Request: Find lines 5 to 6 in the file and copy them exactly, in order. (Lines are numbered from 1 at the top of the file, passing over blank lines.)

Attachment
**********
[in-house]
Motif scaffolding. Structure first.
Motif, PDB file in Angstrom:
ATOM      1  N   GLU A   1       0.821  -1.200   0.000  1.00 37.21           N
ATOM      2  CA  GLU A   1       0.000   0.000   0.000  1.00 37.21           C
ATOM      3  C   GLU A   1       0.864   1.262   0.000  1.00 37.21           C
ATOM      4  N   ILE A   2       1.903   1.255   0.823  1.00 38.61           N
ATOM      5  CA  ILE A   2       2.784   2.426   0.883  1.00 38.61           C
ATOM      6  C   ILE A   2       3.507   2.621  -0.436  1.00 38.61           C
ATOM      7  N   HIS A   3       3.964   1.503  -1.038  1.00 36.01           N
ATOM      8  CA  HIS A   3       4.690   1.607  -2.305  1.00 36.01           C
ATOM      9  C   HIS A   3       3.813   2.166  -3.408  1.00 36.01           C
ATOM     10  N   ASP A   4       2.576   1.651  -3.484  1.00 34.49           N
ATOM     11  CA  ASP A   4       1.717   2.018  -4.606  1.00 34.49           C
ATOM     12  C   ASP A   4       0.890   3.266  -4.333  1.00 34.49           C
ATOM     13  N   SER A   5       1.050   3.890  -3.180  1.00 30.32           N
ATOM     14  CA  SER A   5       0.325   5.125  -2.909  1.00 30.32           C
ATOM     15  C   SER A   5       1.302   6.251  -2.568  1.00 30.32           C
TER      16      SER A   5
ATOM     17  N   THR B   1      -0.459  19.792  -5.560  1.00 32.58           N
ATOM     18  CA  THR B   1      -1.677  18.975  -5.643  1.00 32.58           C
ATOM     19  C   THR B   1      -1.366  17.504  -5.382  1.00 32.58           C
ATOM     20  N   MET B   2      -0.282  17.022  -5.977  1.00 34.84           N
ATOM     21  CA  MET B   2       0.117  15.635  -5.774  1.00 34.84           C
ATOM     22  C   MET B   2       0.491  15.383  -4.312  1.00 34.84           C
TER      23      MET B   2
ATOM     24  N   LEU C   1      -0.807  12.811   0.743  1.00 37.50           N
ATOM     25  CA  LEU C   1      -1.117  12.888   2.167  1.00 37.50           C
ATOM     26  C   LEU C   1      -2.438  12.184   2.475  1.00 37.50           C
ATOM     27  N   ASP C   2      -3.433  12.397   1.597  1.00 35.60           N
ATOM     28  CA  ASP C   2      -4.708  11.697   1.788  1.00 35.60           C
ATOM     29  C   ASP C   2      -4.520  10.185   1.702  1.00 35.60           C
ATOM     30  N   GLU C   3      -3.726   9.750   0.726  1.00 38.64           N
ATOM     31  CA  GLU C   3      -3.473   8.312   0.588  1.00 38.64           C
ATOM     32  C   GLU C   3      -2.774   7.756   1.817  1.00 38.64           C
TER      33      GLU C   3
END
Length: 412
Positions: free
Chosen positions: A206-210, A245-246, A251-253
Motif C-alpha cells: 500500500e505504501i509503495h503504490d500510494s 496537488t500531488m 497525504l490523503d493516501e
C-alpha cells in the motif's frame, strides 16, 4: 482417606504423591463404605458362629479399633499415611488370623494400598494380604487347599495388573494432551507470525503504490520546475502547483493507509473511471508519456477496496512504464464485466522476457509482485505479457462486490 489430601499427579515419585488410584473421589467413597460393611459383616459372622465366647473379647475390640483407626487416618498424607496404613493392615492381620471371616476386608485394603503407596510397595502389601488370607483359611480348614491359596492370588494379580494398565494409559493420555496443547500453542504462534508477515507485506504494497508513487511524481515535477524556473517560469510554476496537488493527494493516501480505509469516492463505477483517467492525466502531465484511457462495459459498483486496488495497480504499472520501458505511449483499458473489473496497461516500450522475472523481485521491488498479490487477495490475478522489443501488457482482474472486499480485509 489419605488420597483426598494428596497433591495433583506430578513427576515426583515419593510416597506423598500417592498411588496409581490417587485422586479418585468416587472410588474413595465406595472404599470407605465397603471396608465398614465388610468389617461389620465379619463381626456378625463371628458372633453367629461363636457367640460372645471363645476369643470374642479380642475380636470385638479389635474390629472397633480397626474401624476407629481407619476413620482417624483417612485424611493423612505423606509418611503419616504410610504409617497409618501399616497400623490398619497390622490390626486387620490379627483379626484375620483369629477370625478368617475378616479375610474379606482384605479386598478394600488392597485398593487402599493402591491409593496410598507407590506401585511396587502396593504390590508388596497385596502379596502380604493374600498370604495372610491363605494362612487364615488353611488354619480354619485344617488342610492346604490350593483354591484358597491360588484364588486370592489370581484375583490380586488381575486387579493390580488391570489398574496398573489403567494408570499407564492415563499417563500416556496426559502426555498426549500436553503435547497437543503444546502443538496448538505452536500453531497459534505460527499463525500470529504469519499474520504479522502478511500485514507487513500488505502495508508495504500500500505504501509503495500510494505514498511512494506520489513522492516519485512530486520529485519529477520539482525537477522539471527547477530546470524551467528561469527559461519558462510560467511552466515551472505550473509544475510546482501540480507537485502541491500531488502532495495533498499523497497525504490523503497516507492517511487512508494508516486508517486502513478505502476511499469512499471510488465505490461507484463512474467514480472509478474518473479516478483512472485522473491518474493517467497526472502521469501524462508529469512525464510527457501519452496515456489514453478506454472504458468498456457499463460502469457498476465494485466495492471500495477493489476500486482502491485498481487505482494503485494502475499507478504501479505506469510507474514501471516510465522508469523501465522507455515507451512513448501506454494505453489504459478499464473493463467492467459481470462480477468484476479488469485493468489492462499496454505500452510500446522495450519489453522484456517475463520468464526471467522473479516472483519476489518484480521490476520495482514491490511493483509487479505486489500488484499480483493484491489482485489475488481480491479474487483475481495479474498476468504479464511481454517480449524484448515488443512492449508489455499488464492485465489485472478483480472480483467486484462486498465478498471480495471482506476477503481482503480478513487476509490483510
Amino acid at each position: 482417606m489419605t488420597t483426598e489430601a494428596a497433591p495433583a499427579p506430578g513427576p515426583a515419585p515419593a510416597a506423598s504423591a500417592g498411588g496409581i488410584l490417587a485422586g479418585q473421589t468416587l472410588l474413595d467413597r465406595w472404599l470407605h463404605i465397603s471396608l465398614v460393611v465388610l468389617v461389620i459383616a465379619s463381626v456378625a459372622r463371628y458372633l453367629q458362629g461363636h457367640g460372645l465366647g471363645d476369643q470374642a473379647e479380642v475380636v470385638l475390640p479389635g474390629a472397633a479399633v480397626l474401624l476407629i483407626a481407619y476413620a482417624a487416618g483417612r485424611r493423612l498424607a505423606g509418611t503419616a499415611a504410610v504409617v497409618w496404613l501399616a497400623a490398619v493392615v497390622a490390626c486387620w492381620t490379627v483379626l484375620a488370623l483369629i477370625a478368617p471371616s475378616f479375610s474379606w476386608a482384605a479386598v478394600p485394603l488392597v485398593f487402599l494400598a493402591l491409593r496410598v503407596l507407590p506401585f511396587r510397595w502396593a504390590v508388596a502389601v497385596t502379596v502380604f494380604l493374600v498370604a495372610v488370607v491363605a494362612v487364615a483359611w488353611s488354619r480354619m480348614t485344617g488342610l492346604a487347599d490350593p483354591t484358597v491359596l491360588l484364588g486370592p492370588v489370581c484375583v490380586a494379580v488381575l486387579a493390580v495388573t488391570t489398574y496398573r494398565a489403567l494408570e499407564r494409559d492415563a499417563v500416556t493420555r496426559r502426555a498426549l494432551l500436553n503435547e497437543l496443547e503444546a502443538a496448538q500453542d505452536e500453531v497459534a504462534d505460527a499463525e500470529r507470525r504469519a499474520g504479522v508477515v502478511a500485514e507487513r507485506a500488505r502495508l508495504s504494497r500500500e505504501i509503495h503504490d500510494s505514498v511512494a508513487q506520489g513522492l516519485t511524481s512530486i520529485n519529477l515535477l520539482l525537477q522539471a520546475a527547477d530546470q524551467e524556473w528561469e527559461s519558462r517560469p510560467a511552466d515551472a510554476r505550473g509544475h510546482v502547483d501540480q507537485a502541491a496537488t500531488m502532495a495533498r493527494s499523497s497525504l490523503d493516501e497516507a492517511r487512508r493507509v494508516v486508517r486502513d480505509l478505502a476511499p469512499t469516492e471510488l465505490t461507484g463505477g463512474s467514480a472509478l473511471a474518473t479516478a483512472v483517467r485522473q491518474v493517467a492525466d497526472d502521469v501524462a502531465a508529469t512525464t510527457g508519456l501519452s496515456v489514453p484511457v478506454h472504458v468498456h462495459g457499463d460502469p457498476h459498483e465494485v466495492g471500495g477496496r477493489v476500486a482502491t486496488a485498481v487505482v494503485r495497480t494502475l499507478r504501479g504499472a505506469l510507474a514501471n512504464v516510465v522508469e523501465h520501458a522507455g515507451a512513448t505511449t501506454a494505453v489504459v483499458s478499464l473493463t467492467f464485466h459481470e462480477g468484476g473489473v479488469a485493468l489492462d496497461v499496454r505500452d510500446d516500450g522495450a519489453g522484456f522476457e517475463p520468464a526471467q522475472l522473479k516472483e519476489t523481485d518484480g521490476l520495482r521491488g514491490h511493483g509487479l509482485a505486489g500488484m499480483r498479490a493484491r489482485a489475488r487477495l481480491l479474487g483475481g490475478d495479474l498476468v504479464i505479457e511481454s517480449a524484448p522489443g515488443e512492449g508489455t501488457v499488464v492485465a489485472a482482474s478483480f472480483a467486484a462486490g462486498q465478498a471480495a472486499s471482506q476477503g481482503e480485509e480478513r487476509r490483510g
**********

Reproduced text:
ATOM      2  CA  GLU A   1       0.000   0.000   0.000  1.00 37.21           C
ATOM      3  C   GLU A   1       0.864   1.262   0.000  1.00 37.21           C